Adams, a township of Berkshire county, Mass., on both sides of the Hoosac river; pop. in 1870, 12,090. There are four villages in the town: North Adams, South Adams, Maple Grove, and Blackington. In its vicinity are a notable natural bridge across Hudson's brook, and Saddle mountain or Mt. Grey lock, which has an elevation of 3,600 feet, and is the highest point in Massachusetts. The western terminus of the Hoosac tunnel is at North Adams, and the Troy and Boston and Pitts-field and North Adams railroads terminate here. Manufactures form the leading interest. In 1865 there were in the town 11 cotton mills, with 45,072 spindles, employing 332 males and 429 females; 6 woollen mills, with 44 sets of machinery, employing 440 males and 392 females; 2 print works, printing 8,925,-000 yards of calico yearly, and employing 150 males and 21 females; 4 balmoral-skirt factories, and 2 paper mills. Two weekly newspapers and a semi-monthly are published in North Adams. The experiment of Chinese labor has recently been successfully made in North Adams. In 1870 there were 75 Chinamen employed in that village in the manufacture of boots and shoes. By the contract made in San Francisco, the Chinamen were engaged for three years.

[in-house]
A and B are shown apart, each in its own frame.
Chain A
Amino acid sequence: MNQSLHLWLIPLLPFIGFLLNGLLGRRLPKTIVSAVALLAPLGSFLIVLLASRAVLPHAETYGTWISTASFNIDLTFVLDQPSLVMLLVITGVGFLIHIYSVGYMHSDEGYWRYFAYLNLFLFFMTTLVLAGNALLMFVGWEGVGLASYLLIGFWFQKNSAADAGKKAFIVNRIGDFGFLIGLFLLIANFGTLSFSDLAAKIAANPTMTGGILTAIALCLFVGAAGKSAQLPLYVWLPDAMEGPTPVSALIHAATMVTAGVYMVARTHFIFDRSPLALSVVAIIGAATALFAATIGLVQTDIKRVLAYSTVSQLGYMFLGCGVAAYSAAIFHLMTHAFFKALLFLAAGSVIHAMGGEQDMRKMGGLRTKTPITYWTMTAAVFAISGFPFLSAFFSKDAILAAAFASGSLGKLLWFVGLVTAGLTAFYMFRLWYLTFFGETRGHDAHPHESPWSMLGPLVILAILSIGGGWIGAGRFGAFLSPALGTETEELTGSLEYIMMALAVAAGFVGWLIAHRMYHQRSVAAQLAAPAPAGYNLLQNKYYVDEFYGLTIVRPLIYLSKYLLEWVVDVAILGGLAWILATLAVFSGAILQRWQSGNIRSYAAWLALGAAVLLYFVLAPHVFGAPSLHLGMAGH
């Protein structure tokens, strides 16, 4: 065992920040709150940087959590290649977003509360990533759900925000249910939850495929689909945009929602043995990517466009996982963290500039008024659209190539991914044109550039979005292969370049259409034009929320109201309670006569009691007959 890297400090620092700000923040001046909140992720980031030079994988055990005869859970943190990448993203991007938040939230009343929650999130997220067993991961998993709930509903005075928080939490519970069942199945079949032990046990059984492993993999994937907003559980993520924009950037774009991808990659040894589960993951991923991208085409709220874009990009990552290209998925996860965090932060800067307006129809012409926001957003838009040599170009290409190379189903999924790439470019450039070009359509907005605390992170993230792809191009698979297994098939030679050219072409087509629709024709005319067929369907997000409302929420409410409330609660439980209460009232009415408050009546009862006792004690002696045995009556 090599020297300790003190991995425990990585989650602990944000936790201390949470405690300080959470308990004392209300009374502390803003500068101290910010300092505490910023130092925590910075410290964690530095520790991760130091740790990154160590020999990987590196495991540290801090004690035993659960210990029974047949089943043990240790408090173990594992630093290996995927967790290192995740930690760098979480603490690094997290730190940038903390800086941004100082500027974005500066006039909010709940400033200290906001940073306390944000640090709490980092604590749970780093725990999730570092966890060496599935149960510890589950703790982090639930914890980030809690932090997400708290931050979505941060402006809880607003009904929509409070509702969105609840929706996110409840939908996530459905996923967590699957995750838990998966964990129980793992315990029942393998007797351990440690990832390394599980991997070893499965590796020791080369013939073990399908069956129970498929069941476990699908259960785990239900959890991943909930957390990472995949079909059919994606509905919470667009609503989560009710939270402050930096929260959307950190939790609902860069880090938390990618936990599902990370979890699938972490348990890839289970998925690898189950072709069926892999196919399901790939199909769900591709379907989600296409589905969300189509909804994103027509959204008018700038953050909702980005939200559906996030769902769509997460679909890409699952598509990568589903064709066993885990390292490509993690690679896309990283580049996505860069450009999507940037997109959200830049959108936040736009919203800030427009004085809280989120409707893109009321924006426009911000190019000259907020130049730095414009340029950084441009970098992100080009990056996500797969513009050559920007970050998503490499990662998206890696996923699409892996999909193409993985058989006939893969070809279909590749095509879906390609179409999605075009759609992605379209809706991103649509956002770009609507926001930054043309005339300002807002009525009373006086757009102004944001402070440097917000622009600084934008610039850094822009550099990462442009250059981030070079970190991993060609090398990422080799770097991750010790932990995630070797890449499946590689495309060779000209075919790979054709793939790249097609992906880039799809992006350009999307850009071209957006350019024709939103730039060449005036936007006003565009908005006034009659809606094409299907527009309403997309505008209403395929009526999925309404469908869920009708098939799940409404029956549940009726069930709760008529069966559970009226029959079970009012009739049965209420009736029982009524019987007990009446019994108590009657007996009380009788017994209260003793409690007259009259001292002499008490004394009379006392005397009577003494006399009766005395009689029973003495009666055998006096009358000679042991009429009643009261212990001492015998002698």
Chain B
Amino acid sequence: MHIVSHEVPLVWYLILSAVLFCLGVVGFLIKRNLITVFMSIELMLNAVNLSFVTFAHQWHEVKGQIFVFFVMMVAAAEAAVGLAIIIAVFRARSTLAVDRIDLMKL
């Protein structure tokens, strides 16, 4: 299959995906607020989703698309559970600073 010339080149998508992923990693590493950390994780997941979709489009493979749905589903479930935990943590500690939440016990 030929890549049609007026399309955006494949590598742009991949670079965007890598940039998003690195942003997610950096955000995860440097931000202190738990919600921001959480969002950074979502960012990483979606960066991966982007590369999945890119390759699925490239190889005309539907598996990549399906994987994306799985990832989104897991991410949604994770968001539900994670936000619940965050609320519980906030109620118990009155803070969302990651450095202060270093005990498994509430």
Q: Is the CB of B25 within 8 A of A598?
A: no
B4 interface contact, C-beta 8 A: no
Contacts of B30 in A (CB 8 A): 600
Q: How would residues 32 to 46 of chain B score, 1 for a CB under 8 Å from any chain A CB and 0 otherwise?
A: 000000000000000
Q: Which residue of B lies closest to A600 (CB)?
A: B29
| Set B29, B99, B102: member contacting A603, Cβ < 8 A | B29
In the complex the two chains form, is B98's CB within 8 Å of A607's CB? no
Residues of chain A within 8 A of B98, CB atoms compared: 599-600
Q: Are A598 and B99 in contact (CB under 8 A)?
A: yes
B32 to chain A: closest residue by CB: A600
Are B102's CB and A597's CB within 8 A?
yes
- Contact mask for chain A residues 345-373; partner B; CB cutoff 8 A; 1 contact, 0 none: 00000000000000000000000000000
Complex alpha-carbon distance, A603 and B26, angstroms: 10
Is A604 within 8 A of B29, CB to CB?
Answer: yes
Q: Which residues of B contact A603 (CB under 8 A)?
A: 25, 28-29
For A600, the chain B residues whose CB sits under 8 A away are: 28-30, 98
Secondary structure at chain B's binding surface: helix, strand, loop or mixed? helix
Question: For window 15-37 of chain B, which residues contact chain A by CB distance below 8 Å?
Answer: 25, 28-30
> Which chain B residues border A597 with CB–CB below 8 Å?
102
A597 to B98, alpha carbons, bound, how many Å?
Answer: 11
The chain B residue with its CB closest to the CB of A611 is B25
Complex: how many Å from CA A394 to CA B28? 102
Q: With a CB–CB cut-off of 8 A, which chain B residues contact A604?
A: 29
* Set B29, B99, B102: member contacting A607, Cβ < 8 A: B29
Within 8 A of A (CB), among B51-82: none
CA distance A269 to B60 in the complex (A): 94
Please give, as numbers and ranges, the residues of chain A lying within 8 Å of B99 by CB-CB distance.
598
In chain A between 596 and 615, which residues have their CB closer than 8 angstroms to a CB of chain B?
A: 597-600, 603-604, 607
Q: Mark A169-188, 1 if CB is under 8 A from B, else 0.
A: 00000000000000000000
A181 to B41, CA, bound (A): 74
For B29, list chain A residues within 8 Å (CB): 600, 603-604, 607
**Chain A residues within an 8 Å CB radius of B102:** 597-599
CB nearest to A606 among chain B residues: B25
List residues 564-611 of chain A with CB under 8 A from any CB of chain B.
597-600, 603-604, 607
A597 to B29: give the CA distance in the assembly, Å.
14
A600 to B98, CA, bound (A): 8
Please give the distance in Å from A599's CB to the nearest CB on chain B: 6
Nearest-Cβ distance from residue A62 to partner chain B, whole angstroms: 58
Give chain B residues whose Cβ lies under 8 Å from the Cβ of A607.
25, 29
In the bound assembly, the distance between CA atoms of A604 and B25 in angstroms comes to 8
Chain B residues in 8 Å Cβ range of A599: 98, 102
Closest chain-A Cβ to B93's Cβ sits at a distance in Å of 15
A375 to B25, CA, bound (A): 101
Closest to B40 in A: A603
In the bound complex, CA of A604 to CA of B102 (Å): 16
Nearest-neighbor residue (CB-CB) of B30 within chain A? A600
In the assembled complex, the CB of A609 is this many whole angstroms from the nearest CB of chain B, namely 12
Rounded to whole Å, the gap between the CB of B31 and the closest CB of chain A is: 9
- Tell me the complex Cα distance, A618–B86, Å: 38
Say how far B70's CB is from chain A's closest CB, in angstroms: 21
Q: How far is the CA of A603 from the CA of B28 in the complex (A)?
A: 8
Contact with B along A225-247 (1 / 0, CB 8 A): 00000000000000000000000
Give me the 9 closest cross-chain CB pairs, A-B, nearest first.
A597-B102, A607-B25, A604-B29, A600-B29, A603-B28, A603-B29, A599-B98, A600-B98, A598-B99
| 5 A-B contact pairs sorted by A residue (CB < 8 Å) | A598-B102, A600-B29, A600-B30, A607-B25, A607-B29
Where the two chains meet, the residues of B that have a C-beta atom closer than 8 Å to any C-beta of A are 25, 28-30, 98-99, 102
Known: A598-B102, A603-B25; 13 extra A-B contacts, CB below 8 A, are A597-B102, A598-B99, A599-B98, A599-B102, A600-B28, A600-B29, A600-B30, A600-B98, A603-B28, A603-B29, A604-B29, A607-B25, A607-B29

They are represented as being of quiet habits, industrious, skilful, and eager to learn in the evening schools provided for them. The town contains 35 schools, of which two are high schools.